‘O Mamma, do you think so?’ said Anne, as if she thought it a terrible accusation. ’Yes, I really think that she has, but then her way is generally right.’
‘Yes,’ said Lady Merton, ’she is in some respects more fit to govern herself than most girls of sixteen. Her good sense will keep her from going very far wrong.’
‘Very far, Mamma?’ repeated Anne.
’Yes, for such an excitable impetuous creature is not likely to escape going wrong, without steady control from herself or from someone else,’ said Lady Merton.
‘But I can hardly imagine Lizzie’s actually doing wrong,’ said Anne; ’we were certainly both naughty children, but I think the worst we did, was rather what makes nurses scold, than what would seriously displease you or Papa.’
‘Oh! she was always an upright, noble-spirited child,’ said Lady Merton,
‘And now,’ continued Anne, ’when she is much interested in anything, when her brilliant dark eyes are lighted up, and her beautiful smile is on her lips, and her whole face is full of brightness, and she looks slight and airy enough to be a spirit, and when she is talking about some things—I could fancy her some higher kind of creature.’
Lady Merton smiled. ‘I think I know what you mean,’ said she; ’I used to feel something of the kind with her mother.’
‘What a wonderful person Aunt Katherine must have been!’ cried Anne. She paused, and presently added, ’Mamma, I do not know whether I ought to say so, but much as I like Mrs. Woodbourne, I do rather wonder that Uncle Woodbourne married again.’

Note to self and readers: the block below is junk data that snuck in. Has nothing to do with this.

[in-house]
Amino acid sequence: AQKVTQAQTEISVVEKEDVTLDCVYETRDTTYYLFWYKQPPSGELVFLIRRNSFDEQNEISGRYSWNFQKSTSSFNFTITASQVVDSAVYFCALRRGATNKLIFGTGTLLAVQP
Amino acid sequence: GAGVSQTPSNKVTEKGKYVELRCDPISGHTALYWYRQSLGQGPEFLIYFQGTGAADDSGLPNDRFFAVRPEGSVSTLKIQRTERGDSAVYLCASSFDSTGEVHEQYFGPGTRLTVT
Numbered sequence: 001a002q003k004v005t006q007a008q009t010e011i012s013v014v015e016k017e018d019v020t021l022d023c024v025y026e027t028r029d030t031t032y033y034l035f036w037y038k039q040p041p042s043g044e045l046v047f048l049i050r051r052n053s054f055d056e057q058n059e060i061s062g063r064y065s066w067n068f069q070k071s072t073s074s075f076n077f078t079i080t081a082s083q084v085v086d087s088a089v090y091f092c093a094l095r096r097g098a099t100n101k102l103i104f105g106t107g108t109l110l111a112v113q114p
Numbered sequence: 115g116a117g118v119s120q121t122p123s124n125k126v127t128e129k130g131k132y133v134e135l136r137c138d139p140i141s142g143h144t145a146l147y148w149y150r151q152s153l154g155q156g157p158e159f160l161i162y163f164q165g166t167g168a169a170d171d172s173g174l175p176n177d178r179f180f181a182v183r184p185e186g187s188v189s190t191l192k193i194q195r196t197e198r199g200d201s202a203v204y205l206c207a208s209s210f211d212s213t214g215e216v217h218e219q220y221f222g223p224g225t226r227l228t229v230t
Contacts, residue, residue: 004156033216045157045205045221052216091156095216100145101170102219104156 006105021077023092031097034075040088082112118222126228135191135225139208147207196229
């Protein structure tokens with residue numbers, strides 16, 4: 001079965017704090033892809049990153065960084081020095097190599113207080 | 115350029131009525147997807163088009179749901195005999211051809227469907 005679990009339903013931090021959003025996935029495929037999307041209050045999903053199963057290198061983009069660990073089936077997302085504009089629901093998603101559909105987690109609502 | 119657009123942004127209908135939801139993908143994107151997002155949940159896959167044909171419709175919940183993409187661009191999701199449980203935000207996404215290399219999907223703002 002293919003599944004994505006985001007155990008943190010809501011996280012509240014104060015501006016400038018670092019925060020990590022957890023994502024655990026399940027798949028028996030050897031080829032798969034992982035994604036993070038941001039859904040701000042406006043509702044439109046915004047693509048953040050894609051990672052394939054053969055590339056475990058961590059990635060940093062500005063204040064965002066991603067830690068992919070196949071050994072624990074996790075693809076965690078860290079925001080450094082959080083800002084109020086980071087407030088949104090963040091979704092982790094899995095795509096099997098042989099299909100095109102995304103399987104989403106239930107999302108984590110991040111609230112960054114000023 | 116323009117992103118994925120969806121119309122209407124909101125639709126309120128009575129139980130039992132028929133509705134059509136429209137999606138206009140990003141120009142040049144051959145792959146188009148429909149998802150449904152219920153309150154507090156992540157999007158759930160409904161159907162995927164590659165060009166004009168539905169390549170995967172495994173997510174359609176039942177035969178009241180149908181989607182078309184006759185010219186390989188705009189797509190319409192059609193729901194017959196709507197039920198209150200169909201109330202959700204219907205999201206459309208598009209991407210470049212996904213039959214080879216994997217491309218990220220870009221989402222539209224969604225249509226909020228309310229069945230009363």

‘So did your Papa and I,’ said Lady Merton; ’but you must excuse him, when you think of his three little girls, Elizabeth especially, requiring such anxious care of body and mind.’
‘But you do not think Mrs. Woodbourne could manage Lizzie?’ said Anne.
‘No,’ said Lady Merton, ’she could not manage her in the least, but her mild influence has, I think, been of great service to her. Lizzie has certainly grown more gentle of late, and I think it is from consideration for her and the little children.’
‘And I suppose,’ said Anne, ’that Mrs, Woodbourne has done as much for Kate as anyone could.’
‘Not quite,’ said Lady Merton; ’I think your Aunt Katherine would have made her a little less trifling and silly.’
‘But no one could ever have made her like Lizzie,’ said Aune.
’No, but I think she might have been rather more than a mere good-natured gossip,’ said Lady Merton.
’It is curious to see how much difference expression makes in those two sisters,’ said Anne; ’their features are so much alike, that strangers never know them apart; the only difference between them, that I could mention, is that Lizzie is the most delicate looking; yet how exceedingly unlike they are to each other!’
‘Yes,’ said Lady Merton; ’though Lizzie’s whole countenance and air is almost exactly her mother’s, yet there is nothing about Kate but her voice, which they have in common, that reminds me of her.’